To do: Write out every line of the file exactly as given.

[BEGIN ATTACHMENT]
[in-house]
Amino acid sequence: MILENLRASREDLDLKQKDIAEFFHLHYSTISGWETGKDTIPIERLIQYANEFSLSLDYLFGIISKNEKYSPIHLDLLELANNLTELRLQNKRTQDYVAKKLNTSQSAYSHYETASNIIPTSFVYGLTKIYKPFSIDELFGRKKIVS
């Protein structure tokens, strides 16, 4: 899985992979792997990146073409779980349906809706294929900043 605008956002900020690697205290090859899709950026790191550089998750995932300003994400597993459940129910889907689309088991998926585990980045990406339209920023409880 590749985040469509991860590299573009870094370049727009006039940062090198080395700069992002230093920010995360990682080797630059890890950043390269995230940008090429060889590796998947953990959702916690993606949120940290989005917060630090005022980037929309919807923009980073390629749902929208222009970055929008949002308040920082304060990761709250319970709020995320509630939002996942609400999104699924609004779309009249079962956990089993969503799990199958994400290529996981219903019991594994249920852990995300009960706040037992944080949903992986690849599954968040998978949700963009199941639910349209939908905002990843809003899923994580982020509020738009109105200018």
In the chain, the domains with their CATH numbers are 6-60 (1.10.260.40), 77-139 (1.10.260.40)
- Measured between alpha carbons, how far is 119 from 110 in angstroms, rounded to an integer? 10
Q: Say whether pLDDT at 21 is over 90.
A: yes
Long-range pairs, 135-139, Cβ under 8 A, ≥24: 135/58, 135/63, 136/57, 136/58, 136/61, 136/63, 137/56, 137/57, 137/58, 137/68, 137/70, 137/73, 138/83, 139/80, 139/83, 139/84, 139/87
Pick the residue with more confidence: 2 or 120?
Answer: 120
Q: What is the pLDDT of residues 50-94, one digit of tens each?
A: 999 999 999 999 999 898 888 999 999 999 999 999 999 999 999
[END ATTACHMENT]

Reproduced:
[in-house]
Amino acid sequence: MILENLRASREDLDLKQKDIAEFFHLHYSTISGWETGKDTIPIERLIQYANEFSLSLDYLFGIISKNEKYSPIHLDLLELANNLTELRLQNKRTQDYVAKKLNTSQSAYSHYETASNIIPTSFVYGLTKIYKPFSIDELFGRKKIVS
């Protein structure tokens, strides 16, 4: 899985992979792997990146073409779980349906809706294929900043 605008956002900020690697205290090859899709950026790191550089998750995932300003994400597993459940129910889907689309088991998926585990980045990406339209920023409880 590749985040469509991860590299573009870094370049727009006039940062090198080395700069992002230093920010995360990682080797630059890890950043390269995230940008090429060889590796998947953990959702916690993606949120940290989005917060630090005022980037929309919807923009980073390629749902929208222009970055929008949002308040920082304060990761709250319970709020995320509630939002996942609400999104699924609004779309009249079962956990089993969503799990199958994400290529996981219903019991594994249920852990995300009960706040037992944080949903992986690849599954968040998978949700963009199941639910349209939908905002990843809003899923994580982020509020738009109105200018």
In the chain, the domains with their CATH numbers are 6-60 (1.10.260.40), 77-139 (1.10.260.40)
- Measured between alpha carbons, how far is 119 from 110 in angstroms, rounded to an integer? 10
Q: Say whether pLDDT at 21 is over 90.
A: yes
Long-range pairs, 135-139, Cβ under 8 A, ≥24: 135/58, 135/63, 136/57, 136/58, 136/61, 136/63, 137/56, 137/57, 137/58, 137/68, 137/70, 137/73, 138/83, 139/80, 139/83, 139/84, 139/87
Pick the residue with more confidence: 2 or 120?
Answer: 120
Q: What is the pLDDT of residues 50-94, one digit of tens each?
A: 999 999 999 999 999 898 888 999 999 999 999 999 999 999 999